WWII veteran a cherished resident at Good Samaritan Society

97-year-old Hawaii resident survived attack on Pearl Harbor, enlisted in Army

Good Samaritan Society resident in a plant-filled room holds a photo of himself as a young soldier.

Veterans are incredibly important at the Good Samaritan Society. Each one has his or her own story to tell. We are here to listen and provide support.

Pearl Harbor survivor

World War II vet Jack Nakamura lives at Good Samaritan Society – Pohai Nani in Kaneohe, Hawaii. Before the 97-year-old enlisted in the Army in 1941, Nakamura was a Japanese American living in Hawaii. He remembers, vividly, the attack on Pearl Harbor.

“I saw a maneuver. So, I climbed up the roof. My roof. I looked, like that, and all of a sudden, pop, pop, pop. What are you shooting at me for?” Nakamura says.

Everything changed for Nakamura and the country after that. Nakamura stepped up and volunteered to fight.

Learn more: Veteran and Military Services at Sanford Health

“When they asked for volunteers to go to war, I put up my hand,” he says.

Little did he know how hard the next few years would be.

“It was a pretty tough, tough war,” Nakamura says. “I almost died four or five times.”

Years of military service

Nakamura served in France, Italy and Germany with the Army. He has two Purple Hearts and got out as a sergeant in 1945. Nakamura thinks often about how blessed he was to survive the war.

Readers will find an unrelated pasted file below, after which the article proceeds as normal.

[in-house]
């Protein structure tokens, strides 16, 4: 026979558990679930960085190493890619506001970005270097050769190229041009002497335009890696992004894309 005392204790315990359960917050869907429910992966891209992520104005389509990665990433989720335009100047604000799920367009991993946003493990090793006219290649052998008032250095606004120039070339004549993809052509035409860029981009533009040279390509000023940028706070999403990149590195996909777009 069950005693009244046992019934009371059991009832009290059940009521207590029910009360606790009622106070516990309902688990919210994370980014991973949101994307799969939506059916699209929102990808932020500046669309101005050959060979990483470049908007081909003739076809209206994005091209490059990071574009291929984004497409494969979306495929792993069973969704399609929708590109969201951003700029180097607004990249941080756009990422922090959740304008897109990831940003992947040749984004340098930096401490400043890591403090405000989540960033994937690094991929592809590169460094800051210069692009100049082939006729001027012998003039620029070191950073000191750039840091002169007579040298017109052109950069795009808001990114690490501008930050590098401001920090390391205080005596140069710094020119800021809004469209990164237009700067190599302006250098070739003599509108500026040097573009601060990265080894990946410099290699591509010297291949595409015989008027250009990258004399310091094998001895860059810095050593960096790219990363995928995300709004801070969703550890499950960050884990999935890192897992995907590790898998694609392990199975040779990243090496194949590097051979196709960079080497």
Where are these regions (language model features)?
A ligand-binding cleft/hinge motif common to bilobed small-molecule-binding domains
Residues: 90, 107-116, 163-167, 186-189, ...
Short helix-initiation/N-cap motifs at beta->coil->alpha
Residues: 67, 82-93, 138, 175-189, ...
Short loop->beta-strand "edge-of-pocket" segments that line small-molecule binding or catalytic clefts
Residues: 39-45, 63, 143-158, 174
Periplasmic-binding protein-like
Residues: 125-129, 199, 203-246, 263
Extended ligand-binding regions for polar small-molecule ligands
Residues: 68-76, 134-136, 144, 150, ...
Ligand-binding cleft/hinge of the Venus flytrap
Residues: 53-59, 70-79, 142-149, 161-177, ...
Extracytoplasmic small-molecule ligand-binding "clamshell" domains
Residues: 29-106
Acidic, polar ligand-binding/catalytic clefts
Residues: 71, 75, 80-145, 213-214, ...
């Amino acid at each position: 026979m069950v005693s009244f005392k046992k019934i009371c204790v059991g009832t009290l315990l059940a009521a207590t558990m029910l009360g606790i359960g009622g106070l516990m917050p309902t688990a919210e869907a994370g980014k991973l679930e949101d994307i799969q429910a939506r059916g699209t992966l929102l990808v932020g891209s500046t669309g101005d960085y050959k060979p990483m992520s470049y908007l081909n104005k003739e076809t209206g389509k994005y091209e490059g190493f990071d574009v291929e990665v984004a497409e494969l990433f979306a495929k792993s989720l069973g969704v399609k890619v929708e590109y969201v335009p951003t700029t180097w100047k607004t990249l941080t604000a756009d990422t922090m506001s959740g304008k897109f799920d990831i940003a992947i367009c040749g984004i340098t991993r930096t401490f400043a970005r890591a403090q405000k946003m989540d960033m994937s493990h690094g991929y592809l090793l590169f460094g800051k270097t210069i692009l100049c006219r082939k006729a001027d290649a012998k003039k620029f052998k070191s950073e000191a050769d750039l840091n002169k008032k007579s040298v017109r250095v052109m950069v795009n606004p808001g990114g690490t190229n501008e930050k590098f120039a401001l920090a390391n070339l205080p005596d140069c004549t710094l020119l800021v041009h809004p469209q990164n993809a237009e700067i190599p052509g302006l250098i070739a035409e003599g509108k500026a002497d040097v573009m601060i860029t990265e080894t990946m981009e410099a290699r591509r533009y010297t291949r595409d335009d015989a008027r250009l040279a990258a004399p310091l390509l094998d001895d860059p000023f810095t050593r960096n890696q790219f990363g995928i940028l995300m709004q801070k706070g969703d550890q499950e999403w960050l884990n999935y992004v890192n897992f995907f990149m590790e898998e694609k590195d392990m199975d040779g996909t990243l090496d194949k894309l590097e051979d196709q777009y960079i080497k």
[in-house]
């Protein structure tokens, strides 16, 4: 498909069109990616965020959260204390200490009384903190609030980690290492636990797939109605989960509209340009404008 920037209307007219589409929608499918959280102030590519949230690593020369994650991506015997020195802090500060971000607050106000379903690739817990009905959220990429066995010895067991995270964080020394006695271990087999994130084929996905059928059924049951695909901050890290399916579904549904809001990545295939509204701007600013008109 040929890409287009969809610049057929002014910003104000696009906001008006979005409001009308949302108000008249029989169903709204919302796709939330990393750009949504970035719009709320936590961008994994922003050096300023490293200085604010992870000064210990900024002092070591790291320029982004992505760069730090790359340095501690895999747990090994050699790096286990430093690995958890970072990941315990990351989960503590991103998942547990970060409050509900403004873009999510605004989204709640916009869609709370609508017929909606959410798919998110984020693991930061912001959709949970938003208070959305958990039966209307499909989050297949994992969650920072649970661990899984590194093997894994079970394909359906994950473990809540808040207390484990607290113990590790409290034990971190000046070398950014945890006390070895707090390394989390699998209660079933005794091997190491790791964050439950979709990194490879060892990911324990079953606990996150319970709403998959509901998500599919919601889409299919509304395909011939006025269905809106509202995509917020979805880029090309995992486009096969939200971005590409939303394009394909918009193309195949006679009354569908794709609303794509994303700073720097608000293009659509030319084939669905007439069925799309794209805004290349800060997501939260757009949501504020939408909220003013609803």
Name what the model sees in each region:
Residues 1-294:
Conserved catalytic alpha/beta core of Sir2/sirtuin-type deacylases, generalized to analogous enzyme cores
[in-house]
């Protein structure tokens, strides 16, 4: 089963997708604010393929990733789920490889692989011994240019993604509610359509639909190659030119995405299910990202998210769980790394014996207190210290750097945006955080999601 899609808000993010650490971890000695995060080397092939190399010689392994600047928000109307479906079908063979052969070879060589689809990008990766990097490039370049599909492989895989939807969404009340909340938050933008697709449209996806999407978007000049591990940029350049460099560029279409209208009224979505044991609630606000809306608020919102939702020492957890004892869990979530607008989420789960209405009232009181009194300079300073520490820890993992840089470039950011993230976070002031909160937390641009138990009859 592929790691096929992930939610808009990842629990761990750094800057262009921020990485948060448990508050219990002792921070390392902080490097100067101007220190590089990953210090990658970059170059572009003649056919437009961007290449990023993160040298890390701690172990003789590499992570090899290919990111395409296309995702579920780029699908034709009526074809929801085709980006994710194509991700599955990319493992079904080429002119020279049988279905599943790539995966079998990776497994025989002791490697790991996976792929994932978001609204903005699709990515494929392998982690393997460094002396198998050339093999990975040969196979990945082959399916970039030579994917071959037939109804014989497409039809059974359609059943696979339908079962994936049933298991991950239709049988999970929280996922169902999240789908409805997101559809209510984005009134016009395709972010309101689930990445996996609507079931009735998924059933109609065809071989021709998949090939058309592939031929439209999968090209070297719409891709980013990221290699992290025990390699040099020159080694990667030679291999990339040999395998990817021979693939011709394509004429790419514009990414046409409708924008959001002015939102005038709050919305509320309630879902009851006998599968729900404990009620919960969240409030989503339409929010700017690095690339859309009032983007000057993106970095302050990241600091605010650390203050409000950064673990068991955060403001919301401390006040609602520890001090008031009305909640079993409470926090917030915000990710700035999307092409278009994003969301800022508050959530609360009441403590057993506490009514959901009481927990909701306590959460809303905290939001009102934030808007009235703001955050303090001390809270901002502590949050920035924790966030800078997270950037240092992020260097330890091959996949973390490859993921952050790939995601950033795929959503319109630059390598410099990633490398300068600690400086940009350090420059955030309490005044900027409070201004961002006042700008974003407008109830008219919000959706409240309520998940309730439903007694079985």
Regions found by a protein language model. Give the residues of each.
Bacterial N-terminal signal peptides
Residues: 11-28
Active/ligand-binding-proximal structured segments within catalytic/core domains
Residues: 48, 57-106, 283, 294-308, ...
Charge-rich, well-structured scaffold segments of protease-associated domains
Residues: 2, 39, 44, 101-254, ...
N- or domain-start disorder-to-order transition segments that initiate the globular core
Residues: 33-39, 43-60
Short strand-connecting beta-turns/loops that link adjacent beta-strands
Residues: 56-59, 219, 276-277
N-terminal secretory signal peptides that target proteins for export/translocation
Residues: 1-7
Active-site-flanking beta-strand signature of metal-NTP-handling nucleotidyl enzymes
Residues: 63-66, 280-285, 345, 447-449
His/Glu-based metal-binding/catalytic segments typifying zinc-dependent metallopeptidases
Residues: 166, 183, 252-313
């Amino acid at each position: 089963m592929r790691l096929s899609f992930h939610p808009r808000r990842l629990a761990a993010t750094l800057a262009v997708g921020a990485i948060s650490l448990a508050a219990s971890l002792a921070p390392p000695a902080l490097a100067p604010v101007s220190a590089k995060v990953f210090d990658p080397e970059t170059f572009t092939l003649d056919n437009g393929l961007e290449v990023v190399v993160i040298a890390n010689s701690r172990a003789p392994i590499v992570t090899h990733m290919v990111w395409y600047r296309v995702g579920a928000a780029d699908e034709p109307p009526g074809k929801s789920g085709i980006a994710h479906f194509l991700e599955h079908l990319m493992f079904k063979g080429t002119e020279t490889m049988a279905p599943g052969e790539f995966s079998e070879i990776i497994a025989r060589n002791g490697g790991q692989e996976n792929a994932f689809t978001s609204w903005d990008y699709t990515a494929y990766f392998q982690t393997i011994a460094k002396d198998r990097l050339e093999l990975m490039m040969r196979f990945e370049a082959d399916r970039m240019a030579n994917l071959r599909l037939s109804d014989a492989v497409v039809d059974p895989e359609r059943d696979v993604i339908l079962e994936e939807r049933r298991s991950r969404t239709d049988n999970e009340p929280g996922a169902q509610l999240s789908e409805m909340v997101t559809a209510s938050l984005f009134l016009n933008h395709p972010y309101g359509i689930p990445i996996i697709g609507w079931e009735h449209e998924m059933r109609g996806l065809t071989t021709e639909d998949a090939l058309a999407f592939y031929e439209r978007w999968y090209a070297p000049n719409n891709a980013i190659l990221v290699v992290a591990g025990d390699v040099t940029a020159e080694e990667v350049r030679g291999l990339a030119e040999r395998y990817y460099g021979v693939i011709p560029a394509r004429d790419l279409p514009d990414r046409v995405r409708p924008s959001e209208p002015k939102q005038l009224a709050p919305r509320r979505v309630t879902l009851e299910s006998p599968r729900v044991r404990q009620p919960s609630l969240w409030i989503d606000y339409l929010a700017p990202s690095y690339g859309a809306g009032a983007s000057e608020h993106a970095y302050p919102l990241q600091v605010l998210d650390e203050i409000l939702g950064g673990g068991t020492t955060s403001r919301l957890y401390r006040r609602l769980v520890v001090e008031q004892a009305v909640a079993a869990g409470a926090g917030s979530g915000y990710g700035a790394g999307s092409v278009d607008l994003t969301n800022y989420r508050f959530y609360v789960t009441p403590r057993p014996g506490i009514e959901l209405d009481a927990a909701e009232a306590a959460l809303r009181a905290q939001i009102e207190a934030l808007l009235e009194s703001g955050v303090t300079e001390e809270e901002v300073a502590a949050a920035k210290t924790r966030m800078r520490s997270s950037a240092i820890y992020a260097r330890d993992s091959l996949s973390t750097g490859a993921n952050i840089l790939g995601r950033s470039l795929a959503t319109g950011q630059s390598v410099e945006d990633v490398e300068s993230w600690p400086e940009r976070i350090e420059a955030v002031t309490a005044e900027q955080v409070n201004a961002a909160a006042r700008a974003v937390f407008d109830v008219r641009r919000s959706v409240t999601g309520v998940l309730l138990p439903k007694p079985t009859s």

“A bomb fell next to my head and didn’t explode. Wow!” he says.

In addition to the two Purple Hearts, Nakamura has a Congressional Gold Medal. He was also inducted into the Legion of Honor by France. It is the highest decoration handed out in France. Many American veterans who risked their lives during World War II fighting in France qualify as knights of the Legion of Honor.

Still, he does not wish for war. His message to younger generations is to avoid military conflict at all costs. The price is too high.

“If you don’t kill him, he’ll kill you. What a situation,” Nakamura says.

A better situation

Nakamura now enjoys a better situation. You can find him mingling with others and singing songs at the Good Samaritan Society. He says staff and fellow residents treat him with honor and respect because of his military service.

“They thank me. Everybody is so friendly and so thankful. I feel so happy,” Nakamura says.

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Posted In Senior Services, Veterans

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